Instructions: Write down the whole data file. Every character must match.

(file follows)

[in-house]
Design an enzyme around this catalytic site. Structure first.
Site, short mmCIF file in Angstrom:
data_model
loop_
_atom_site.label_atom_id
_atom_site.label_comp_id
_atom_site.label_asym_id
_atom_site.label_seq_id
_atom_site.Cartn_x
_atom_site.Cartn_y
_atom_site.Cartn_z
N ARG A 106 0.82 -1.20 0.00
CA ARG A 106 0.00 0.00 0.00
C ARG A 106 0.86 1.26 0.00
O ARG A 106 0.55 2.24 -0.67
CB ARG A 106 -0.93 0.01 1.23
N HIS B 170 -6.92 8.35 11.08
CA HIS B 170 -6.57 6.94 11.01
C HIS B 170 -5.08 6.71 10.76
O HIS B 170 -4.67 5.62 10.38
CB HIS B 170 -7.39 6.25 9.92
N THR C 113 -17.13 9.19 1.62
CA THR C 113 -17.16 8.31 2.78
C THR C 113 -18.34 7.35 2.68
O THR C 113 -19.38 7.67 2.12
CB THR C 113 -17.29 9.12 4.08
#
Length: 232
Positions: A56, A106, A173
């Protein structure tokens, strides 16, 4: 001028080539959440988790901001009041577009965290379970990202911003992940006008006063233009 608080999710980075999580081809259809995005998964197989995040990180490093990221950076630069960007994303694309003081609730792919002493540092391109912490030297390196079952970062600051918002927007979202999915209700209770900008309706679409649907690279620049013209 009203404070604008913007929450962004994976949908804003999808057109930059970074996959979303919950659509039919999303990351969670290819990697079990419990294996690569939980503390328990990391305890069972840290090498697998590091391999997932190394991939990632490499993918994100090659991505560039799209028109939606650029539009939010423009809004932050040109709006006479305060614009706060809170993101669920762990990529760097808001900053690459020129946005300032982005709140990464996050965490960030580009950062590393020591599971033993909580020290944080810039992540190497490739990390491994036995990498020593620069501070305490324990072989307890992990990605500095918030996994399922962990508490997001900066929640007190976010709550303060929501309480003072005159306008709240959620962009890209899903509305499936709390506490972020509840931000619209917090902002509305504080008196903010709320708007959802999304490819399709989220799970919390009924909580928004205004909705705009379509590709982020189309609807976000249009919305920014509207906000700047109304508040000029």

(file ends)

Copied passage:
[in-house]
Design an enzyme around this catalytic site. Structure first.
Site, short mmCIF file in Angstrom:
data_model
loop_
_atom_site.label_atom_id
_atom_site.label_comp_id
_atom_site.label_asym_id
_atom_site.label_seq_id
_atom_site.Cartn_x
_atom_site.Cartn_y
_atom_site.Cartn_z
N ARG A 106 0.82 -1.20 0.00
CA ARG A 106 0.00 0.00 0.00
C ARG A 106 0.86 1.26 0.00
O ARG A 106 0.55 2.24 -0.67
CB ARG A 106 -0.93 0.01 1.23
N HIS B 170 -6.92 8.35 11.08
CA HIS B 170 -6.57 6.94 11.01
C HIS B 170 -5.08 6.71 10.76
O HIS B 170 -4.67 5.62 10.38
CB HIS B 170 -7.39 6.25 9.92
N THR C 113 -17.13 9.19 1.62
CA THR C 113 -17.16 8.31 2.78
C THR C 113 -18.34 7.35 2.68
O THR C 113 -19.38 7.67 2.12
CB THR C 113 -17.29 9.12 4.08
#
Length: 232
Positions: A56, A106, A173
């Protein structure tokens, strides 16, 4: 001028080539959440988790901001009041577009965290379970990202911003992940006008006063233009 608080999710980075999580081809259809995005998964197989995040990180490093990221950076630069960007994303694309003081609730792919002493540092391109912490030297390196079952970062600051918002927007979202999915209700209770900008309706679409649907690279620049013209 009203404070604008913007929450962004994976949908804003999808057109930059970074996959979303919950659509039919999303990351969670290819990697079990419990294996690569939980503390328990990391305890069972840290090498697998590091391999997932190394991939990632490499993918994100090659991505560039799209028109939606650029539009939010423009809004932050040109709006006479305060614009706060809170993101669920762990990529760097808001900053690459020129946005300032982005709140990464996050965490960030580009950062590393020591599971033993909580020290944080810039992540190497490739990390491994036995990498020593620069501070305490324990072989307890992990990605500095918030996994399922962990508490997001900066929640007190976010709550303060929501309480003072005159306008709240959620962009890209899903509305499936709390506490972020509840931000619209917090902002509305504080008196903010709320708007959802999304490819399709989220799970919390009924909580928004205004909705705009379509590709982020189309609807976000249009919305920014509207906000700047109304508040000029």